Robert was the son of Thomas, the 1st Baronet of Headfort House in Kells. Robert (1689-1744), a younger son, joined the clergy and according to the Ardgillan website, was a recluse and spent his time writing sermons. He became Dean of Clonfert, County Galway. He died unmarried and the estate passed to his brother Thomas Taylour, the 2nd Baronet of Kells, County Meath. His sister Salisbury married a Bishop of Clonfert and secondly, Brigadier General James Crofts, son of James Scott the Duke of Monmouth, an illegitimate son of King Charles II!

The 2nd Baronet married Sarah Graham of Platten, County Meath. Their son Thomas was MP for Kells, County Meath, and was created 1st Earl of Bective, of Bective Castle, Co. Meath. He wedded, in 1754, Jane, eldest daughter of the Rt Hon Hercules Langford Rowley, from Summerhill, County Kilkenny. Their younger son, Henry Edward Taylour (1768-1852) joined the clergy and he and his wife, Marianne St. Leger from Doneraile in County Cork, settled at Ardgillan.

By the front door, a bell pull, I think.

We returned to Ardgillan in February 2022 and were able to see inside the castle.

Entrance Hall of Ardgillan, with shop and visitor’s desk. There are lovely plasterwork scrolls of foliage along the inside of the arches and a gothic arches pattern around the ceiling which matches the glass door and window arch. The ceiling and wall arch contain flanking rounded pillars. The fine ceiling rose is of acanthus leaves.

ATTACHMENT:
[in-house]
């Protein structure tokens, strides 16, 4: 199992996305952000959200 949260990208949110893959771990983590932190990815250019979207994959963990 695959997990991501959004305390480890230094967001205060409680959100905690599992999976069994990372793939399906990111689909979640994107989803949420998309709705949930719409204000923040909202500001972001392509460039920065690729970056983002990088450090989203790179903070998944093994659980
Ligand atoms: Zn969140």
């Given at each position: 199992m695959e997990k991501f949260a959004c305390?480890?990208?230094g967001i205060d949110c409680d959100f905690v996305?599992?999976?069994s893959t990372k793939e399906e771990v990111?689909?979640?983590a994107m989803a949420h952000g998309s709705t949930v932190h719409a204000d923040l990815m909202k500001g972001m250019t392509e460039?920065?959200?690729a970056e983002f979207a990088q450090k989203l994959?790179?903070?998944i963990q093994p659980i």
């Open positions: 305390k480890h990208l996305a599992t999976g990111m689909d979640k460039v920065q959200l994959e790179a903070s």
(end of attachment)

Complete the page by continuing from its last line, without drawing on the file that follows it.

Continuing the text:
The Drawing Room of Ardgillan Castle.
I’m amused by the fact that the family could stop any train on the line for their personal use!

The dining room is the piece de resistance, with intricately carved oak panelling by Italian brothers Guardocici dated 1889 featuring Taylor Family crest. It also features a real stuffed bear!

The door to the dining room is carved with the family crest and detailed pattern.
The door frame features a head, and lion heads, which are continued in the wall panelling and the large cabinet.
The carved wall panelling in the dining room at Ardgillan Castle, by Italian brothers Guardocici dated 1889 featuring Taylor Family crest.
The matching cabinet in the dining room at Ardgillan Castle.

The fireplace in the dining room is also intricately carved.

The house passed to Thomas Edward Taylor (d. 1883).

It was his son, Edward Richard Taylor (1863-1938), who employed the Italian woodcarvers. He also had the library shelves installed by the Dublin firm Pim Brothers Ltd.

Edward Richard had no children so was succeeded by his brother Captain Basil Taylour’s son, Basil Richard Henry Osgood Taylour. He sold Ardgillan.

The next room is the lovely library.

The library of Ardgillan Castle.
We entered the library through a jib door of pretend books.
I couldn’t resist putting on the armour.
Stephen in The Butler’s Pantry at Ardgillan Castle.

The stairs to the upper storey are modest for such a house. Upstairs there are artists’ studios – how lucky they are, to have such a wonderful setting for their work!

The staircase of Ardgillan Castle – modest for such a house.

The website tells us:

Ardgillan park is unique among Dublin’s regional parks for the magnificent views it enjoys of the coastline. A panorama, taking in Rockabill Lighthouse, Colt Church, Shenick and Lambay Islands may be seen, including Sliabh Foy, the highest of the Cooley Mountains, and of course the Mourne Mountains can be seen sweeping down to the sea.